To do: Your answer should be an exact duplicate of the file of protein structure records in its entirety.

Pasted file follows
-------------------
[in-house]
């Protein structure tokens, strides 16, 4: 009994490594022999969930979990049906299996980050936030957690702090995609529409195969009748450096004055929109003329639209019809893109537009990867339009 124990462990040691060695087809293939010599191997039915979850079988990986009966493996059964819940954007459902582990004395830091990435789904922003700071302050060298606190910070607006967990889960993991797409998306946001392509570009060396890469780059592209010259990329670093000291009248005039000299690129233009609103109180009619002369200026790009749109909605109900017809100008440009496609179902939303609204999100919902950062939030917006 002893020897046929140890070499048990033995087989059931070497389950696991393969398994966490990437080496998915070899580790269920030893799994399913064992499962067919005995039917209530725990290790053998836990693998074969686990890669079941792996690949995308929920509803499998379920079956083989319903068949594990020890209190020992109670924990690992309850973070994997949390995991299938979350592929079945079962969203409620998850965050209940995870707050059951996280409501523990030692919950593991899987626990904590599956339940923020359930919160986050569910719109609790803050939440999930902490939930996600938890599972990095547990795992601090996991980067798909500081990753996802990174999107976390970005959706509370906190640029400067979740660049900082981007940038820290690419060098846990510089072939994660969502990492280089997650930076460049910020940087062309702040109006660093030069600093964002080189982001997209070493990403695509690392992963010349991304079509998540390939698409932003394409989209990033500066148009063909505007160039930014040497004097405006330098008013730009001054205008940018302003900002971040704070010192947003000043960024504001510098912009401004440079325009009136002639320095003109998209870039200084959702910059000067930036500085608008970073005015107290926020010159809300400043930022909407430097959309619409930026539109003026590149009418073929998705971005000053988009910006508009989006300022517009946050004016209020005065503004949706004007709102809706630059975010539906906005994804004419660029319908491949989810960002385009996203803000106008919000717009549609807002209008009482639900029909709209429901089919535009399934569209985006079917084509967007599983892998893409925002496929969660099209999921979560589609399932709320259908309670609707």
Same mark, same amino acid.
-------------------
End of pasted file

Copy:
[in-house]
């Protein structure tokens, strides 16, 4: 009994490594022999969930979990049906299996980050936030957690702090995609529409195969009748450096004055929109003329639209019809893109537009990867339009 124990462990040691060695087809293939010599191997039915979850079988990986009966493996059964819940954007459902582990004395830091990435789904922003700071302050060298606190910070607006967990889960993991797409998306946001392509570009060396890469780059592209010259990329670093000291009248005039000299690129233009609103109180009619002369200026790009749109909605109900017809100008440009496609179902939303609204999100919902950062939030917006 002893020897046929140890070499048990033995087989059931070497389950696991393969398994966490990437080496998915070899580790269920030893799994399913064992499962067919005995039917209530725990290790053998836990693998074969686990890669079941792996690949995308929920509803499998379920079956083989319903068949594990020890209190020992109670924990690992309850973070994997949390995991299938979350592929079945079962969203409620998850965050209940995870707050059951996280409501523990030692919950593991899987626990904590599956339940923020359930919160986050569910719109609790803050939440999930902490939930996600938890599972990095547990795992601090996991980067798909500081990753996802990174999107976390970005959706509370906190640029400067979740660049900082981007940038820290690419060098846990510089072939994660969502990492280089997650930076460049910020940087062309702040109006660093030069600093964002080189982001997209070493990403695509690392992963010349991304079509998540390939698409932003394409989209990033500066148009063909505007160039930014040497004097405006330098008013730009001054205008940018302003900002971040704070010192947003000043960024504001510098912009401004440079325009009136002639320095003109998209870039200084959702910059000067930036500085608008970073005015107290926020010159809300400043930022909407430097959309619409930026539109003026590149009418073929998705971005000053988009910006508009989006300022517009946050004016209020005065503004949706004007709102809706630059975010539906906005994804004419660029319908491949989810960002385009996203803000106008919000717009549609807002209008009482639900029909709209429901089919535009399934569209985006079917084509967007599983892998893409925002496929969660099209999921979560589609399932709320259908309670609707």
Same mark, same amino acid.